Notably, the well-respected Cochrane Collaboration published reviews on this topic in 2006 and 2009. After examining all the existing evidence, reviewers concluded that acupuncture can reduce the nausea and vomiting in cancer patients caused by chemotherapy or surgery. The first review, published in 2006, evaluated 11 randomized controlled trials and determined that electroacupuncture helps reduce chemotherapy-induced nausea and vomiting. Further, they found that self-acupressure—in which the patient stimulates certain acupoints on their own by pressing, without needles—can help prevent nausea.2

The second Cochrane review, published in 2009, concluded that acupuncture at the PC6 point can effectively reduce nausea and vomiting after surgery. This was based on an examination of 40 prior randomized controlled trials. It was not clear, however, whether acupuncture was more effective than conventional antiemetic drugs alone (no significant difference was found).3

Remarkably, needles may not be required to reduce nausea in this way. A recent randomized controlled trial in craniotomy patients found that transcutaneous electrode stimulation—that is, electrical stimulation without actually inserting a needle—at the PC6 point before, during, and after surgery significantly reduced the incidence of nausea and vomiting over the course of 24 hours after the operation. Craniotomy is a procedure in which a section of bone is removed from the skull to expose the brain. Afterward nausea and vomiting are very common, affecting up to 60 percent of patients despite the use of antiemetic medications. Patients who received the acupoint stimulation experienced a 40 percent lower incidence of nausea and a 60 percent decrease in vomiting compared with the placebo group, who received electrical stimulation at a non-acupoint.4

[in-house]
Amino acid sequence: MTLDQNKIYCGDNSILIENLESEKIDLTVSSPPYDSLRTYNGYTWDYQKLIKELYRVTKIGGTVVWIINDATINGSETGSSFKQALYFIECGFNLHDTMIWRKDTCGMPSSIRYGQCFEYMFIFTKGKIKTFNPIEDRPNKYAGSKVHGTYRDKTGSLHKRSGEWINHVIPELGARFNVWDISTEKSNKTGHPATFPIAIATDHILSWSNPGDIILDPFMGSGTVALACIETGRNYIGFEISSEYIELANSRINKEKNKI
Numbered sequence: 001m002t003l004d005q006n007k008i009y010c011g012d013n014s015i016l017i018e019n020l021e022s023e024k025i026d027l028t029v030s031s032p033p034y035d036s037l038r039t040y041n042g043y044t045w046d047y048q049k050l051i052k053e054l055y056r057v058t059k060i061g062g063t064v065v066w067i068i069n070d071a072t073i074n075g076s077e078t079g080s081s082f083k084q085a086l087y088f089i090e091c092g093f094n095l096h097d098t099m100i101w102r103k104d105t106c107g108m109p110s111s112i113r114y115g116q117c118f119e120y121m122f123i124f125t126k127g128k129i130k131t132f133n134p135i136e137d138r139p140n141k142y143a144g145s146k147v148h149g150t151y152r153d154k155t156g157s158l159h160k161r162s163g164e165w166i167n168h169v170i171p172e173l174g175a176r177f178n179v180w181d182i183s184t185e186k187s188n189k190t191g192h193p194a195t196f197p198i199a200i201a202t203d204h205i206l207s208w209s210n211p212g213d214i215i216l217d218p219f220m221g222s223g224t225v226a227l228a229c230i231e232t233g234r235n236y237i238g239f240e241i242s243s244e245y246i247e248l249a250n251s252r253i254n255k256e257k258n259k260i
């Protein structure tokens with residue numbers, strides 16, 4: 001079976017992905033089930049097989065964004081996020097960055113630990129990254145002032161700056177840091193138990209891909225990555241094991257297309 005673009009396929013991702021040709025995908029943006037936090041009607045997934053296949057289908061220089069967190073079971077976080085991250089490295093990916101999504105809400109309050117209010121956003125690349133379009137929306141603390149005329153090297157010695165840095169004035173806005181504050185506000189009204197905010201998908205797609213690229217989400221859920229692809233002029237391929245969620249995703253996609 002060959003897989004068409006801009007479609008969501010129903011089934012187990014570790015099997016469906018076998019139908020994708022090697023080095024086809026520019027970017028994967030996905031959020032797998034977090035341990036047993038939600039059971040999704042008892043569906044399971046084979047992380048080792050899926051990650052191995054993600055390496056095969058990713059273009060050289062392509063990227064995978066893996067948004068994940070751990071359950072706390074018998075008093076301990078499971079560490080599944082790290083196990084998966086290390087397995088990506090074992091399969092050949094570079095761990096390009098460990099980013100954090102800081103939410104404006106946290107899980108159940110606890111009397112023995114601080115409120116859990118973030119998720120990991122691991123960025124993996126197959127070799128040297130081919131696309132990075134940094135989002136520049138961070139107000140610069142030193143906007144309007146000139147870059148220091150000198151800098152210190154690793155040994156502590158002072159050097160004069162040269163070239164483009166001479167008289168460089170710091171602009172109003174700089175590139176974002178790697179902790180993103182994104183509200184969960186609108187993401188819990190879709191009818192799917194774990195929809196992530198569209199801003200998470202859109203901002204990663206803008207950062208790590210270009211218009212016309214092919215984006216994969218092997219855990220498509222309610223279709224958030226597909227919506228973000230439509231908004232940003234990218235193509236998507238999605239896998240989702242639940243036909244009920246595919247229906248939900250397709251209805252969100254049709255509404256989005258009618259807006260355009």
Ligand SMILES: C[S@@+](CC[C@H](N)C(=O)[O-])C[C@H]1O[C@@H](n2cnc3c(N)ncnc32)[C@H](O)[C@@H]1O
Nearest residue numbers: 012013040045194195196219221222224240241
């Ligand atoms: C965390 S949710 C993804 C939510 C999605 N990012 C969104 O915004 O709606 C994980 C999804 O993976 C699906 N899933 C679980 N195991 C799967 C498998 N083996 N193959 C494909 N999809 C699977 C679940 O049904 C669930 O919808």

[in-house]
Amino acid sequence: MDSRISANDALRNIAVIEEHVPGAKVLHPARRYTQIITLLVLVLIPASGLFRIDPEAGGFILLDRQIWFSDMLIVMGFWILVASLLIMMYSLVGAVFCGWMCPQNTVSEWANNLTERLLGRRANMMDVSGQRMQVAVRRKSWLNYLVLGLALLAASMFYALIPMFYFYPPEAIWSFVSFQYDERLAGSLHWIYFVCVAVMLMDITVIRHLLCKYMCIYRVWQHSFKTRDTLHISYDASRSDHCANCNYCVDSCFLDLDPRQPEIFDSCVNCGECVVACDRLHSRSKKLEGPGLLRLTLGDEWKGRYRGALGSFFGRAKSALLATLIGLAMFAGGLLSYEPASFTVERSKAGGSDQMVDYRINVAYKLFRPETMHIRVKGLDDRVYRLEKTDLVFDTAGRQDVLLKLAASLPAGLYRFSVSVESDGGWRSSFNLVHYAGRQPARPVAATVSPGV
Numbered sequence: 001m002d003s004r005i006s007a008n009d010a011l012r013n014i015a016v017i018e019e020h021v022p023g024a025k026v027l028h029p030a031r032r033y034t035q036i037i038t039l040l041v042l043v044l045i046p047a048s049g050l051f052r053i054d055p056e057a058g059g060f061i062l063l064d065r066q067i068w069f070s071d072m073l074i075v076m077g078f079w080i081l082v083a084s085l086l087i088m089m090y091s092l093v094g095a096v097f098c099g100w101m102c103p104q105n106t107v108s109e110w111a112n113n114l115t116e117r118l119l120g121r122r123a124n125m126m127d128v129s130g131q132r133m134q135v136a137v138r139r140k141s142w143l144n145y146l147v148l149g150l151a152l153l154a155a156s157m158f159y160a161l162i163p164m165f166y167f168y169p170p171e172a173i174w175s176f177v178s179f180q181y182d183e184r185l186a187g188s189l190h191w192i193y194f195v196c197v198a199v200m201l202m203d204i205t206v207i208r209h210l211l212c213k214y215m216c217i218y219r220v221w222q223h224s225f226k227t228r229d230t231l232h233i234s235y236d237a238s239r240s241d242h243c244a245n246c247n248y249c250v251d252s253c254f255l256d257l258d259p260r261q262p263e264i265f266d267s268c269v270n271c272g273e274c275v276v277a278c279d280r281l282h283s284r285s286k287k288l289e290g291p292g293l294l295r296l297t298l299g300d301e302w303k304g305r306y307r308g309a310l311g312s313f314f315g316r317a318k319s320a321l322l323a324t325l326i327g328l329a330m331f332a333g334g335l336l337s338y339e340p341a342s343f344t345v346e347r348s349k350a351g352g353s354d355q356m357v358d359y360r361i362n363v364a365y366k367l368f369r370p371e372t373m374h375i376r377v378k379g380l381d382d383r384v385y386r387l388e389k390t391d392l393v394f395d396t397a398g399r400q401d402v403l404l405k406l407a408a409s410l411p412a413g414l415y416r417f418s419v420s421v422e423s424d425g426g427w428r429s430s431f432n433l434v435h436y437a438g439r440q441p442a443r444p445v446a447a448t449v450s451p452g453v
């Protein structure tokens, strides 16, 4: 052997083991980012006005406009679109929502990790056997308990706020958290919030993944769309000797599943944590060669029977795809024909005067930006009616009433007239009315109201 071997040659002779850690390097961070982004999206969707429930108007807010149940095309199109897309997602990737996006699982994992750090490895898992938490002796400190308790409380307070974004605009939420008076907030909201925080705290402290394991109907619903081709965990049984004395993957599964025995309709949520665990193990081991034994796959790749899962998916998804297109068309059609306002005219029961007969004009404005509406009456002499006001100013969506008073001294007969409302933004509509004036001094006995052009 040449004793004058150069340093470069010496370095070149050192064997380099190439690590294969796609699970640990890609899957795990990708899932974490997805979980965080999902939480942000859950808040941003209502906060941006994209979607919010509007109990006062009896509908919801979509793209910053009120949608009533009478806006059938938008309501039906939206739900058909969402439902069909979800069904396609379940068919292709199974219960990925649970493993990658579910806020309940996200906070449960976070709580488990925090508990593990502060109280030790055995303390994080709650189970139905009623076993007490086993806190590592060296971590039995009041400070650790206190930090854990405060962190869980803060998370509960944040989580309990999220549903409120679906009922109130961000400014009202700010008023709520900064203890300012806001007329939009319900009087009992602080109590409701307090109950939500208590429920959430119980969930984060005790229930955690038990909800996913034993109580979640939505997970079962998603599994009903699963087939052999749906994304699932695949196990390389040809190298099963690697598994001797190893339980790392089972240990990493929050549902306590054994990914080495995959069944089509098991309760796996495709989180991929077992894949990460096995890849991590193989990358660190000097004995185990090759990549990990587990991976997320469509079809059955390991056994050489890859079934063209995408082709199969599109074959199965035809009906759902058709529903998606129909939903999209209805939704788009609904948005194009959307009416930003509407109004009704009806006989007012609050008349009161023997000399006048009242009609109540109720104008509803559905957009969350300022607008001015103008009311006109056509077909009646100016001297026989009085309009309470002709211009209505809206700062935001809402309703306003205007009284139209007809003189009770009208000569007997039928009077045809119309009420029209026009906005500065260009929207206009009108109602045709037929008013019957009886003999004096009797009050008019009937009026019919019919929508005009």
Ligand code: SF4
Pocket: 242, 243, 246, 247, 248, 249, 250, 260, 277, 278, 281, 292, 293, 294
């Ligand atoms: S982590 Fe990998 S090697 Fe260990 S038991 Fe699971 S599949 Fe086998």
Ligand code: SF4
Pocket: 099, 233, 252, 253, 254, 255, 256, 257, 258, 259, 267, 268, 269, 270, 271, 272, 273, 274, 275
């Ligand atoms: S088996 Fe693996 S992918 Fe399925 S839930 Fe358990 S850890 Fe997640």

Although acupuncture is frequently more effective than usual care, some studies have found that some beneficial effects of properly performed acupuncture are mimicked by sham procedures, in which needles are inserted at non-acupoints (and should theoretically not have any effect). A recent investigation of acupuncture’s effects on radiation-induced nausea, for example, found no significant difference in nausea frequency or intensity between the groups receiving true or sham acupuncture, although both groups experienced less intense nausea than patients receiving usual antiemetic care. As a result, some wonder whether acupuncture’s benefits are at least partly the result of attention, doctor/patient interaction, or a placebo response.5